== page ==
A man with a long record of service to his country and his community has been selected as the parade marshal for the Byron Day Parade this Saturday.
Joe Mooney, a 40-year resident of Byron, is a veteran of the Marine Corps, a retired contractor and small businessman, former town councilman, youth leader and religious leader who has served both the Gideons organization and a community church in Burlington.
“It was a heck of a surprise to me. They’re scraping the bottom of the barrel,” Mooney joked about his selection as parade marshal.
Mooney is a city boy who made his way to small-town, rural Wyoming in the 1970s. He grew up on the southwest side of Chicago – White Sox territory – but was a closet Cubs fan, he said, because his mother grew up on the north side of the city, Cubs land.
He enlisted in the Marine Corps in 1967 and served three years of active duty and three years in the reserves, serving six months at Guantanamo Bay, Cuba, with the 2nd battalion, 8th Marine Regiment, a security detachment, and the 2nd Reconnaissance Battalion out of Camp Lejeune, North Carolina.
He came home to the 1970s protests that marked the Vietnam War.
“It was a terrible time in Chicago,” he said. “We (servicemen) became the enemy of everyone, called baby killers and momma rapists. I had to put everything in my foot locker – until 9/11. You put your head down, go to work and try to make a living.”
One positive thing that did happen to Mooney was meeting his wife and love of his life, Pam, his second marriage, and they made a decision together: “We wanted to go where there were more cows than people.”
So in 1975 the couple made a slow, 15-day drive from Chicago to Wyoming, getting to know plenty of fishing holes along the way, and arrived in Thermopolis.
“I really liked it there,” he said. “That was our adventure, our honeymoon, which has lasted 44 years.”
Mooney went to work for the boys school in Worland, then an insulation company. Then he and Pam drove through Lovell one day during the winter and were surprised at the lack of snow. He went to work as a brick mason for Jay Wardell and moved to Lovell, helping
to build Big Horn IGA in 1977, now the Red Apple.
He worked as a mason for some 15 years until the economic crash in the late ‘80s. With local work drying up, he had a decision to make: follow the work or become a full-time dad, with “Little Joe” now at home.
“I decided to be a full-time dad,” he said. The family added Kimmy in 1991.
“I had a small glass business and did remodeling, roofing and concrete work,” he said. “I was fixing things and building things. My earlier commercial work taught me to do things right. In that line of work you’re inspected all the time. You had to do things right. You couldn’t cut any corners.”
In the meantime, he and Pam had moved to Byron and raised their family in the small, quiet community – except on Friday nights. The family home is next to the longtime Byron and Rocky Mountain High School football field, though he joked that he could see only half of the field from his backyard because the stands are in the way of the other half.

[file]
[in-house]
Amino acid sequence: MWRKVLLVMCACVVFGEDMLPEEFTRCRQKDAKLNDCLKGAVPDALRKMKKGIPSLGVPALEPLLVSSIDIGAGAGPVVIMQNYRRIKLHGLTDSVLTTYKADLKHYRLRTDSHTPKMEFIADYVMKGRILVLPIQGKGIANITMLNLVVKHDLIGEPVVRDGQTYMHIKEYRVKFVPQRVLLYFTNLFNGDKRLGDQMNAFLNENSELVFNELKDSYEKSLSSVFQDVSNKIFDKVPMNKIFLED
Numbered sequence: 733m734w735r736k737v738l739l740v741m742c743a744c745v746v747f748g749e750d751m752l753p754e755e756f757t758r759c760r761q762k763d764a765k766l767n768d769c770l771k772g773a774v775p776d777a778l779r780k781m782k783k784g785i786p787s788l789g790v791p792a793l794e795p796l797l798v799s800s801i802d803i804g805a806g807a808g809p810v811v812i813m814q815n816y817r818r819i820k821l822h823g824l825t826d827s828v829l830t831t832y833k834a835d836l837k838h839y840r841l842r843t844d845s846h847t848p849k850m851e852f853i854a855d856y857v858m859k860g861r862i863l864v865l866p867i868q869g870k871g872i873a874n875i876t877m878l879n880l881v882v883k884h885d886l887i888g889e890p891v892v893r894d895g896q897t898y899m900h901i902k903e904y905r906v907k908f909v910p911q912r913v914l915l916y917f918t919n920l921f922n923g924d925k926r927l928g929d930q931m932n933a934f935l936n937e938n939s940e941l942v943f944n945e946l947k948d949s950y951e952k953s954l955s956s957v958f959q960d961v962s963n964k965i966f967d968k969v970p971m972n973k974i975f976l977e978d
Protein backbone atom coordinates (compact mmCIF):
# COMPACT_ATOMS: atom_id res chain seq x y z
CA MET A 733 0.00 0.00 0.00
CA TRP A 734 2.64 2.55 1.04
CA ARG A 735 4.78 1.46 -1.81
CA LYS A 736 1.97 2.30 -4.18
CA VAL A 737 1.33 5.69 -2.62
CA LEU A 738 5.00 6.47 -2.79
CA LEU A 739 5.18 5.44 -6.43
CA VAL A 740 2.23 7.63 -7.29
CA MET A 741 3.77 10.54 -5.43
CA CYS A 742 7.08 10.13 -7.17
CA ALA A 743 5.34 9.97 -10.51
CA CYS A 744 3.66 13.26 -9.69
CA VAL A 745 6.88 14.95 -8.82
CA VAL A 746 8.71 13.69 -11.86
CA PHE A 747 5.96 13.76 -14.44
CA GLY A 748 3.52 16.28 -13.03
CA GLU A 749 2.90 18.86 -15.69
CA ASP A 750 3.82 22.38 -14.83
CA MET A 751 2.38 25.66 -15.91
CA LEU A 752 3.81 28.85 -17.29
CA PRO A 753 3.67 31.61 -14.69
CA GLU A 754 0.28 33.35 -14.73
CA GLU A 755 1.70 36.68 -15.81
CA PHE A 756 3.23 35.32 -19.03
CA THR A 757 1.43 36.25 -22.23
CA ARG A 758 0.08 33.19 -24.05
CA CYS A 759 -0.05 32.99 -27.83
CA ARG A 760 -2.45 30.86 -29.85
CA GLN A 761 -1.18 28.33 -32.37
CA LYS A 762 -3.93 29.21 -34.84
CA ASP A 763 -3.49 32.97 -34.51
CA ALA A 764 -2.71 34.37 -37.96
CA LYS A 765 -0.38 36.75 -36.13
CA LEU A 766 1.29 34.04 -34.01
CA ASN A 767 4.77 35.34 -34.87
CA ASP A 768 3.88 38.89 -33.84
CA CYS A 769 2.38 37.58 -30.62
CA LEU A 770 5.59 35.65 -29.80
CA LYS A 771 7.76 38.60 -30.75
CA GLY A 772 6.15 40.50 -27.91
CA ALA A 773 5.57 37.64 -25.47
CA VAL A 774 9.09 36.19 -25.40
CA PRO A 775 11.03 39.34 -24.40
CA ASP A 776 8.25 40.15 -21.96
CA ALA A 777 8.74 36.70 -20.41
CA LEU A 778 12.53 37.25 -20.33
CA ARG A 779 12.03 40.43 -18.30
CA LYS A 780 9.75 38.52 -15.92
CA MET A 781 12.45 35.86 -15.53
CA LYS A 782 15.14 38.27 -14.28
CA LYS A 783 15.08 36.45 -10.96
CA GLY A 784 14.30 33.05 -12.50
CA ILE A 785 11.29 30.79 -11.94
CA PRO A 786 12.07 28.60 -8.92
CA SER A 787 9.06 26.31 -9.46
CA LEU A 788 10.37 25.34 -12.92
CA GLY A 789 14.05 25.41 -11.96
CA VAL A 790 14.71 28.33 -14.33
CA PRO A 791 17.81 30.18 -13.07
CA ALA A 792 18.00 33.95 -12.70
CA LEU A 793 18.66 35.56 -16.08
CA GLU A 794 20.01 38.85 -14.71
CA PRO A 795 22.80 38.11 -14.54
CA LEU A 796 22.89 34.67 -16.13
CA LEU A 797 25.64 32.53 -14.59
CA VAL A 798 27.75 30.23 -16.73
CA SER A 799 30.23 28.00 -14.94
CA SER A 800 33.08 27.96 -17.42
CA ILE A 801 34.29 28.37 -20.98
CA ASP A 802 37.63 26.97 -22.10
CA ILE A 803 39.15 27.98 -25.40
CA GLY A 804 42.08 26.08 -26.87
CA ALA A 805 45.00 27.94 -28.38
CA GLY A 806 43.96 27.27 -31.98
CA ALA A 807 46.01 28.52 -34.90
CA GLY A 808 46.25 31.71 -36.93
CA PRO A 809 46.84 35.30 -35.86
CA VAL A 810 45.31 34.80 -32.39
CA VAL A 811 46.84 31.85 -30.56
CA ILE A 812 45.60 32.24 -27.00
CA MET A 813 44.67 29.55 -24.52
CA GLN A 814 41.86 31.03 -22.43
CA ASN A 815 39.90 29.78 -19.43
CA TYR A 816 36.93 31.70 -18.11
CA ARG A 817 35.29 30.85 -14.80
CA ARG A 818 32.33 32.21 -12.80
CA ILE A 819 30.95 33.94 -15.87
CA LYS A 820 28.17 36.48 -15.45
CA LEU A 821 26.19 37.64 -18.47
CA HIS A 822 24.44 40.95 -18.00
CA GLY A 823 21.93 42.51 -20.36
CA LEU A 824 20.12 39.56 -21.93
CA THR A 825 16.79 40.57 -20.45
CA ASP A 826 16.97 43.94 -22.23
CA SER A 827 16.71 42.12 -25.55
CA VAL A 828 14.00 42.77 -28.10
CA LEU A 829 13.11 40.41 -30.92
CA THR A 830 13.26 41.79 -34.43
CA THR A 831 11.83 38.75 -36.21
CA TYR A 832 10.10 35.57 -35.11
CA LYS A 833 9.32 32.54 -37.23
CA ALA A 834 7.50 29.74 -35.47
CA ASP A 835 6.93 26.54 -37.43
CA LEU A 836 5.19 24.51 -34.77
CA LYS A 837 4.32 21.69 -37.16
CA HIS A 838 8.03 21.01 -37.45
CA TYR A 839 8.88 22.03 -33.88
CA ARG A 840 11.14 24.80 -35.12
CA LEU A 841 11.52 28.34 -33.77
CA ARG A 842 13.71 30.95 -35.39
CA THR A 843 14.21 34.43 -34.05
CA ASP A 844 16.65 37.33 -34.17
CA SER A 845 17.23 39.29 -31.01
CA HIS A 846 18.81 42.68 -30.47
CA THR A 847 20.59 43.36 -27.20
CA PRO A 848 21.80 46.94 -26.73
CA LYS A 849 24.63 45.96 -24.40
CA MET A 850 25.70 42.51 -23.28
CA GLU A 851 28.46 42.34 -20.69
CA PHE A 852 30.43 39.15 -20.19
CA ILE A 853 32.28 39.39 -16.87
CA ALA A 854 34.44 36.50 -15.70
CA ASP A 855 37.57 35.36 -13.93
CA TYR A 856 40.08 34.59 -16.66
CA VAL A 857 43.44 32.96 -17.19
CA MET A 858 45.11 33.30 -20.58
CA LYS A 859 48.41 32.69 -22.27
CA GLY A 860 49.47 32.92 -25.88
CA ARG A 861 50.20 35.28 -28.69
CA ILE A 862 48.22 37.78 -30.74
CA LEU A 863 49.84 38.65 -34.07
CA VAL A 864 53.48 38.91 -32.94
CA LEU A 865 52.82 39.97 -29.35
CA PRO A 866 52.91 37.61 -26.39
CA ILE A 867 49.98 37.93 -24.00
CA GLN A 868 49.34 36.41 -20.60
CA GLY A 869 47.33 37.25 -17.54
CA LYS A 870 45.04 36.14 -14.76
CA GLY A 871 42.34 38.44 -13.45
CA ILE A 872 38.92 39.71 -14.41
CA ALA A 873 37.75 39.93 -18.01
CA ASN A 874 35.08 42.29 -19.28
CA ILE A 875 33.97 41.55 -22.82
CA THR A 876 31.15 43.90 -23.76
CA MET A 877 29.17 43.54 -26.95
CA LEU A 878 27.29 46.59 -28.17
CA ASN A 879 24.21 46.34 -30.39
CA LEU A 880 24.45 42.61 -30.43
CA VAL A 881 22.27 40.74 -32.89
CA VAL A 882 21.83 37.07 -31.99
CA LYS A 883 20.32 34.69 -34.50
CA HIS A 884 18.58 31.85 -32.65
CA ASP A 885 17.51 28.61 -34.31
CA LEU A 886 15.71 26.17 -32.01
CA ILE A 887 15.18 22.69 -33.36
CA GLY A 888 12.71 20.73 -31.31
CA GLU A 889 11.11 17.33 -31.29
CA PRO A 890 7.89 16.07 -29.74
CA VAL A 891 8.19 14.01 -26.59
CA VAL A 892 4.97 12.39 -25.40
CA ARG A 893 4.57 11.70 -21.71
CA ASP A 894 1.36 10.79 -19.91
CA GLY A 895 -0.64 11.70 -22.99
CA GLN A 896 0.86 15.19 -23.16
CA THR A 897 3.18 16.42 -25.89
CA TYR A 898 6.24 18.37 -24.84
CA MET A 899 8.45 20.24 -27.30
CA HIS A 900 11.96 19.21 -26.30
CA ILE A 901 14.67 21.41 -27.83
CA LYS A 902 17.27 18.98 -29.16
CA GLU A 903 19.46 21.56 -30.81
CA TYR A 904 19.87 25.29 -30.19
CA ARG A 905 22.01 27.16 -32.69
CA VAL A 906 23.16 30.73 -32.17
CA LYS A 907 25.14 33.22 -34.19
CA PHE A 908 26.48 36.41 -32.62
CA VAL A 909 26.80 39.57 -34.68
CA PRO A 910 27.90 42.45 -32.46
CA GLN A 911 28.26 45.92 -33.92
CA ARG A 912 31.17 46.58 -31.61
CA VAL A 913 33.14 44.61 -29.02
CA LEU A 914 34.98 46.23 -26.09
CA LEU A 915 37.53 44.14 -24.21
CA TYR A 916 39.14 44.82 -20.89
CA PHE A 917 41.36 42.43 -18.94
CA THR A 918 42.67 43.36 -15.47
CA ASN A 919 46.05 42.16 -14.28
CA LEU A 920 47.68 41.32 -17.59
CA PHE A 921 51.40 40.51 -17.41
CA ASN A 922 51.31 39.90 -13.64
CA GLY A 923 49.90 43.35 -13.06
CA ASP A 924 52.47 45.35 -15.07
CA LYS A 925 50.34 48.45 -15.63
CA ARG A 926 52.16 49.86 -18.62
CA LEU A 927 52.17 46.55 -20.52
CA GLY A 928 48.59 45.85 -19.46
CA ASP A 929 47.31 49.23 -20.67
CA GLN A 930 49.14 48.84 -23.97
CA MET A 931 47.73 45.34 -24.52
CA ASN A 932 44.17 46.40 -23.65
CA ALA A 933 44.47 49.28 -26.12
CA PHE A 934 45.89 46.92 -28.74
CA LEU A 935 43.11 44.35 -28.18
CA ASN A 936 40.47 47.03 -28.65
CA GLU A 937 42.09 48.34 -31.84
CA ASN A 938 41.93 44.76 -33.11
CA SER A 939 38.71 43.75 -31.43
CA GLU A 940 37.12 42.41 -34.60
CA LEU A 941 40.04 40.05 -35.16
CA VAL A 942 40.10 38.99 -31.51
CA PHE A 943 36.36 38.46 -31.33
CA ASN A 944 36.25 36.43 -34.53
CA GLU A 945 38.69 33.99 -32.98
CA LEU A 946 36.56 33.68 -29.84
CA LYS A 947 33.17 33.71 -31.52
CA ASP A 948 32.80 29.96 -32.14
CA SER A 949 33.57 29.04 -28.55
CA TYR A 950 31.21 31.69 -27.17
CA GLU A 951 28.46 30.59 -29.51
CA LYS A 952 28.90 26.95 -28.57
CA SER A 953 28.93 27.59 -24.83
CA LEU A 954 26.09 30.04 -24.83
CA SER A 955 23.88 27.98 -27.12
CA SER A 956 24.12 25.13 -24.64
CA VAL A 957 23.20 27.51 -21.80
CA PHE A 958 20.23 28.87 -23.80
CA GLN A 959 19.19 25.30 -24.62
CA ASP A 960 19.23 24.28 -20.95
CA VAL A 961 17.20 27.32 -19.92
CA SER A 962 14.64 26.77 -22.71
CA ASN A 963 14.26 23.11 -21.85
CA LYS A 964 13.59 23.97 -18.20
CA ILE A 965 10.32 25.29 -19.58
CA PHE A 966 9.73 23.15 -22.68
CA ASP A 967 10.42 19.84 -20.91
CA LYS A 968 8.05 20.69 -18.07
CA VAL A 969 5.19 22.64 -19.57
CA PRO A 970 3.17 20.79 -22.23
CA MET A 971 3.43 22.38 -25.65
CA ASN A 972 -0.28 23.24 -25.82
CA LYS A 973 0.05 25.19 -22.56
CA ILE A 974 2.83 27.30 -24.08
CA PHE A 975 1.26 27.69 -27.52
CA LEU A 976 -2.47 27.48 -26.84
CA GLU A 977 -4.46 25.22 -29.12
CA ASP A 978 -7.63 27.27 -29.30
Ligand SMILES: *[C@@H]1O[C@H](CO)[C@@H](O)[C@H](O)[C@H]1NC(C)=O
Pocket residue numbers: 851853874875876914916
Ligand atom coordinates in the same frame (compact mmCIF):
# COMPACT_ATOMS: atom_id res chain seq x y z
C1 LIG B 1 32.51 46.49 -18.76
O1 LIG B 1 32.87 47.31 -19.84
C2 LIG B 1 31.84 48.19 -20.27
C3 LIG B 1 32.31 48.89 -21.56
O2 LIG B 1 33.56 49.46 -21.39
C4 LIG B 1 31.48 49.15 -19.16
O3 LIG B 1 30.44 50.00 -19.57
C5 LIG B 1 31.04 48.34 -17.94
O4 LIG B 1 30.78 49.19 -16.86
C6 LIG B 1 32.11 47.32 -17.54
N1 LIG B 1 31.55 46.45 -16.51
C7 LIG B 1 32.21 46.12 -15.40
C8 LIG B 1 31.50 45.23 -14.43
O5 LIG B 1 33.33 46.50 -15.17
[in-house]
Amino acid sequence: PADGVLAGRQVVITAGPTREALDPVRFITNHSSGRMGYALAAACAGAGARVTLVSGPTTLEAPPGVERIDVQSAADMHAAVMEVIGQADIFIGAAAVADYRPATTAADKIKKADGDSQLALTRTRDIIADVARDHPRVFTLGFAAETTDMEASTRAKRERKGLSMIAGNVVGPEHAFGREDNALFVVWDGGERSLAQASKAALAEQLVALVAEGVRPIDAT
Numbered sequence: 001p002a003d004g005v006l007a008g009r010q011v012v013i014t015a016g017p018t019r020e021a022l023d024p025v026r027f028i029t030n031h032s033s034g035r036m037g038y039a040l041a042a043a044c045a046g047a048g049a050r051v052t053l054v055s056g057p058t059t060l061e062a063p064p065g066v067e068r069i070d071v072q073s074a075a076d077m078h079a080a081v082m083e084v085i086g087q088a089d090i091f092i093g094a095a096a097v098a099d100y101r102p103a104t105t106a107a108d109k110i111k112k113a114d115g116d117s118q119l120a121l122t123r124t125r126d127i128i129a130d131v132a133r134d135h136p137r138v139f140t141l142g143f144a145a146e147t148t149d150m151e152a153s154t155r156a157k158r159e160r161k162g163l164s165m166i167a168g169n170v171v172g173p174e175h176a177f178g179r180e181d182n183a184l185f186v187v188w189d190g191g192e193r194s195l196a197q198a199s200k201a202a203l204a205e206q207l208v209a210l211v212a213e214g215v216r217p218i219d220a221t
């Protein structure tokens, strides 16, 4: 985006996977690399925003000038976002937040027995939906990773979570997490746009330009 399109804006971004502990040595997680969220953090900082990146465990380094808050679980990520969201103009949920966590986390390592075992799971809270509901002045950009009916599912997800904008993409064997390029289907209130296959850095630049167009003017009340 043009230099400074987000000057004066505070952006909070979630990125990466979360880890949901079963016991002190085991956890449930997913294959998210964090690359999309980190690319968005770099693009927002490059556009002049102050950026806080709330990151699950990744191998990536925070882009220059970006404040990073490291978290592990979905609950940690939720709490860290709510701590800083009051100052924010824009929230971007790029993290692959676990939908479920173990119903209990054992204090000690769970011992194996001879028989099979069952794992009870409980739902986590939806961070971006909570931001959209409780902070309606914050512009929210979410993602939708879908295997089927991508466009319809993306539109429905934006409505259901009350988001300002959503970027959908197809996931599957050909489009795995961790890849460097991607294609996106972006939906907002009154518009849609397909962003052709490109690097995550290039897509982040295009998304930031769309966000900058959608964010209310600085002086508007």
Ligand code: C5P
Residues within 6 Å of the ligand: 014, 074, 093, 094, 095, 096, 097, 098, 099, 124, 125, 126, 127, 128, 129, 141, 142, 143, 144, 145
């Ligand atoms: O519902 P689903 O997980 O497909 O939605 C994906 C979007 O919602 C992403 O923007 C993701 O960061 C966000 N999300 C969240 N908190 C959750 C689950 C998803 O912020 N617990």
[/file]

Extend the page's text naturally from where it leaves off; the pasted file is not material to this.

Mooney was elected to the town council and served two terms, noting that it was that council under mayor Brook Abraham that got the famous Byron fireworks started, moving the display to Byron Day after a Y2K display just after midnight on Jan. 1, 2000.
When the World Trade Center and the Pentagon were attacked on Sept. 11, 2001, patriotism welled up in Mooney once again, and at the age of 51 he attempted to re-enlist in the Marines at the Marine Reserve Center in Billings.
“They just looked at me,” he said, “but I became good friends with the first sergeant there.”
That friendship led to Mooney’s leadership in the Young Marines youth organization. Cody had the Yellowstone Young Marines, and then the Buffalo Bill Young Marines group was formed, with many members from Powell. He soon became involved in the organization.
“Fred Zier spoke to the Young Marines one year, gave them a pep talk and a devotional,” he said. “Then he scheduled me the next year and two months later I was the commanding officer.”
That led to his longtime work with the Marine Corps Reserves Toys for Tots program, which for years has provided Christmas toys to hundreds of children in the Big Horn Basin.
“I am glad that’s still going,” he said. “I had no idea of the monster I was creating. I learned that people love to give. That’s the greatest blessing I had.
“One time I met a 16-year-old girl while on a toy run in Greybull who was surprised there were so many needy kids in the area,” he said. “I said, ‘You have no idea.’ It was her birthday the day before, and she went home and gave us the $60 she had received at her birthday party the day before. That was such a blessing.
“Another time someone gave us a hundred-dollar bill, telling us, ‘You helped me in a time of need.’ Those are the kind of cool things you learn – life lessons.”
Mooney is proud to say that several of the Young Marines he worked with have gone on to serve in the Army, Navy, Marines or Army National Guard, and others into police work.
Around the same time, Mooney became involved with the Gideons International, helping to provide Bibles for local motels and raise money for efforts to spread the Gospel around the world. He also pastored the Burlington Community Church for six years.
Pam works part-time at Aldrich Lumber in Powell. Son Joseph, wife Samantha and two kids live next door in Byron, and Kim and family are moving to the other side of Joe and Pam’s home, adding one son and soon another child to the family mix.
Mooney remains a member of the U.S. Marine Corps League in Billings and American Legion Post 26 in Powell. But mostly, he plays grandpa to his three grandchildren.
“I’m Grandpa Daycare,” he said with a laugh.
By David Peck